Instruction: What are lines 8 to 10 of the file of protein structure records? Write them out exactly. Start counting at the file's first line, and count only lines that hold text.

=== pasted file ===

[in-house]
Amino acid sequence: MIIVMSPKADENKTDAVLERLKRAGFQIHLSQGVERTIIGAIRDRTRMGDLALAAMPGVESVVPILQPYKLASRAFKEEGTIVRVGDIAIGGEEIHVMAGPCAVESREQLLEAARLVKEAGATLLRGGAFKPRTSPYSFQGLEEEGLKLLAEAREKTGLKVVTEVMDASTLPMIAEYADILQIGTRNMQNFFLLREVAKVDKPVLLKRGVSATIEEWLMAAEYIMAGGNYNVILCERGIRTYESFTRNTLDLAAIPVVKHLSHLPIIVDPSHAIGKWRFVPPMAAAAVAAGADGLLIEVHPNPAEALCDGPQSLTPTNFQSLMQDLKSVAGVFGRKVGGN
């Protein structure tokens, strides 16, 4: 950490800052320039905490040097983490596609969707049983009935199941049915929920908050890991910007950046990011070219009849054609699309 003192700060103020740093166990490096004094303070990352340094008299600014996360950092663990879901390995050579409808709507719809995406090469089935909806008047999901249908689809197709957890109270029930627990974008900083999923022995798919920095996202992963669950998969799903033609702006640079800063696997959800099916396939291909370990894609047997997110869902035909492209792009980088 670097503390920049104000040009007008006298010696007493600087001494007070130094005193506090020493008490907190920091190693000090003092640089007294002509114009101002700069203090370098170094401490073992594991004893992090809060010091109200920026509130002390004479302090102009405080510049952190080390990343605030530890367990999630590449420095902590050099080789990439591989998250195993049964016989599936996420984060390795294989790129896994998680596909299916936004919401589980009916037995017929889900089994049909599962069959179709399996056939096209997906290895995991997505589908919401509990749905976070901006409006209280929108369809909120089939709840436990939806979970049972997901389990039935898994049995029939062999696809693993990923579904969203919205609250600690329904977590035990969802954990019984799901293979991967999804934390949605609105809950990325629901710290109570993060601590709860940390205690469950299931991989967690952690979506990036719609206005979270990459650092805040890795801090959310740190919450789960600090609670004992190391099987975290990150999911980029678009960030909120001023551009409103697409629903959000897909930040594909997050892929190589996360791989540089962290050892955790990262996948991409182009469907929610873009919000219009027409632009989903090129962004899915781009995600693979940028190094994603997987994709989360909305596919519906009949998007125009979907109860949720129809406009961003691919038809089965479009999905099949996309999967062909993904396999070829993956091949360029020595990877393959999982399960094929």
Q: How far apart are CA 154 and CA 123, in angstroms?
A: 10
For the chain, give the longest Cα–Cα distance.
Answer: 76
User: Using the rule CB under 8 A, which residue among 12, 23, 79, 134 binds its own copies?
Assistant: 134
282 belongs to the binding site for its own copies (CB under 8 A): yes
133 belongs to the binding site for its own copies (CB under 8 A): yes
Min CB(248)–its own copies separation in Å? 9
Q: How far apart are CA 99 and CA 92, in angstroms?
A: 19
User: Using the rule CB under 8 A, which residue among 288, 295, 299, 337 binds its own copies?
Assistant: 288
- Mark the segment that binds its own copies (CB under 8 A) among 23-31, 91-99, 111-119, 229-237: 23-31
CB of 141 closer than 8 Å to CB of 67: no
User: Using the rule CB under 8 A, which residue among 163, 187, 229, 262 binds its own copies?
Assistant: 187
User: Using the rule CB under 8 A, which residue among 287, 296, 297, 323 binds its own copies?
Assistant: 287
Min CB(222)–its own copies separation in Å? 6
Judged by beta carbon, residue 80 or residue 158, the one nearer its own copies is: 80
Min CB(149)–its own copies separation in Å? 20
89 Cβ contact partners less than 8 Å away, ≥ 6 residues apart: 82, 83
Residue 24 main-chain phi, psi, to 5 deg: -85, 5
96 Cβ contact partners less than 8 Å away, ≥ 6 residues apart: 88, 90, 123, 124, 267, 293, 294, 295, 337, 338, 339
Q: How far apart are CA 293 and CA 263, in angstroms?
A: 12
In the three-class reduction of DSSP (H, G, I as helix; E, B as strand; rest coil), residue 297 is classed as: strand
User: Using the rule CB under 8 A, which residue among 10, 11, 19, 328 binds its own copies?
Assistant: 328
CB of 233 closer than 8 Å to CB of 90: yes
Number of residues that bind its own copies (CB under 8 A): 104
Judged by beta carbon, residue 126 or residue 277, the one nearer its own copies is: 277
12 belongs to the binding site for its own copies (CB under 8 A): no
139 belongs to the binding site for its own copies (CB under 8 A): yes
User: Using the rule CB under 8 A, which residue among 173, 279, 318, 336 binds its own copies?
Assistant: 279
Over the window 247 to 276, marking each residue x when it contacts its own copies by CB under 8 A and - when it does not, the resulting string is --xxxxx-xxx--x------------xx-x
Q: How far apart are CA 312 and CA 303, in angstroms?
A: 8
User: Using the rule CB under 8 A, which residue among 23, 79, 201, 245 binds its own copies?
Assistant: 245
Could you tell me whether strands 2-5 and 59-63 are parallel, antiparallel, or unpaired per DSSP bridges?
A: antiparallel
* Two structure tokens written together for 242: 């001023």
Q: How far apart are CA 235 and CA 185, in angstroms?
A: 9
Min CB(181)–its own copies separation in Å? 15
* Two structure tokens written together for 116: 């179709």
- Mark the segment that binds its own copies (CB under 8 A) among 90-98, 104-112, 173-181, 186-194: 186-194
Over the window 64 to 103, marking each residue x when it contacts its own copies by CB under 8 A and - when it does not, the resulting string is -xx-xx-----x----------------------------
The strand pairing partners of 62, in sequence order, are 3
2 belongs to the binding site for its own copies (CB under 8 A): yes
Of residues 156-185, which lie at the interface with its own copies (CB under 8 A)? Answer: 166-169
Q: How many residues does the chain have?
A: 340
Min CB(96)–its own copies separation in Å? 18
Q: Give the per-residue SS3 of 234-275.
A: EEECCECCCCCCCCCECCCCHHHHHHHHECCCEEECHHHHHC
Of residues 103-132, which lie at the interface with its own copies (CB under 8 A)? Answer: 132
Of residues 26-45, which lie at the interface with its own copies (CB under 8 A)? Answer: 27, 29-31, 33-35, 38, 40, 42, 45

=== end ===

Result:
User: Using the rule CB under 8 A, which residue among 12, 23, 79, 134 binds its own copies?
Assistant: 134
282 belongs to the binding site for its own copies (CB under 8 A): yes